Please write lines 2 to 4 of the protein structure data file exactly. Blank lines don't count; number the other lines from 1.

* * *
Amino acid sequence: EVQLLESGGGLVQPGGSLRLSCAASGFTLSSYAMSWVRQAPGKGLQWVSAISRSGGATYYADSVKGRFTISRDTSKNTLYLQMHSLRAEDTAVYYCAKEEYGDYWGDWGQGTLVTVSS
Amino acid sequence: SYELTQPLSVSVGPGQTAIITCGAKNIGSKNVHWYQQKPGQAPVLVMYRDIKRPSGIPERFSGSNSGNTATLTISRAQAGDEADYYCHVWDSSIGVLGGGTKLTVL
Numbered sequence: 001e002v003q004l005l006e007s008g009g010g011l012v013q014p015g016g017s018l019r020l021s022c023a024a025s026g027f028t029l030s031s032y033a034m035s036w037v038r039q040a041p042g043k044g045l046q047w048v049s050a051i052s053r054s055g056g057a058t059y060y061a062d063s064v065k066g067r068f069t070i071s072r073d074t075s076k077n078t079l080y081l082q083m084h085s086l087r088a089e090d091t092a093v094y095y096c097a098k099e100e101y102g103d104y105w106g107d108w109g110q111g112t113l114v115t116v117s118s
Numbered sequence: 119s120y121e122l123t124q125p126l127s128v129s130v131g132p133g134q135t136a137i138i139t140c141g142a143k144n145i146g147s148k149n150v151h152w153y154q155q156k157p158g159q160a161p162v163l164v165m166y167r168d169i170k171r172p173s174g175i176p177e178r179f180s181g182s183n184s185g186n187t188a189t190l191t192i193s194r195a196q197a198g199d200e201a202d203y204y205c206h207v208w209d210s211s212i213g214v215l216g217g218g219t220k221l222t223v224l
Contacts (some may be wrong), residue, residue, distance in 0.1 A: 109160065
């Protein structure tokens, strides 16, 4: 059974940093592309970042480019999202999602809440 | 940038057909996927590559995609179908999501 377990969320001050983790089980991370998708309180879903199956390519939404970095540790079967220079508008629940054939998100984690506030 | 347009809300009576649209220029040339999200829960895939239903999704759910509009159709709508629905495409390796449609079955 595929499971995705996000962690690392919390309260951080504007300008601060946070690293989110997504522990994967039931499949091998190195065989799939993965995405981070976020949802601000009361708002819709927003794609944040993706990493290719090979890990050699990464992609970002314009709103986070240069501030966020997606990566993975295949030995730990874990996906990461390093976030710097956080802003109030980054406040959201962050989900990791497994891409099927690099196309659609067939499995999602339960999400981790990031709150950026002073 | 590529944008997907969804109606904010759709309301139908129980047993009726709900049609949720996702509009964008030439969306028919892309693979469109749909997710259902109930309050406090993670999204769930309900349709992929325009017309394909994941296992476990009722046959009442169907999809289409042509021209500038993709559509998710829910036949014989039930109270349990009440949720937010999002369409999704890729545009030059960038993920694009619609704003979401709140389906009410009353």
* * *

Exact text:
Amino acid sequence: SYELTQPLSVSVGPGQTAIITCGAKNIGSKNVHWYQQKPGQAPVLVMYRDIKRPSGIPERFSGSNSGNTATLTISRAQAGDEADYYCHVWDSSIGVLGGGTKLTVL
Numbered sequence: 001e002v003q004l005l006e007s008g009g010g011l012v013q014p015g016g017s018l019r020l021s022c023a024a025s026g027f028t029l030s031s032y033a034m035s036w037v038r039q040a041p042g043k044g045l046q047w048v049s050a051i052s053r054s055g056g057a058t059y060y061a062d063s064v065k066g067r068f069t070i071s072r073d074t075s076k077n078t079l080y081l082q083m084h085s086l087r088a089e090d091t092a093v094y095y096c097a098k099e100e101y102g103d104y105w106g107d108w109g110q111g112t113l114v115t116v117s118s
Numbered sequence: 119s120y121e122l123t124q125p126l127s128v129s130v131g132p133g134q135t136a137i138i139t140c141g142a143k144n145i146g147s148k149n150v151h152w153y154q155q156k157p158g159q160a161p162v163l164v165m166y167r168d169i170k171r172p173s174g175i176p177e178r179f180s181g182s183n184s185g186n187t188a189t190l191t192i193s194r195a196q197a198g199d200e201a202d203y204y205c206h207v208w209d210s211s212i213g214v215l216g217g218g219t220k221l222t223v224l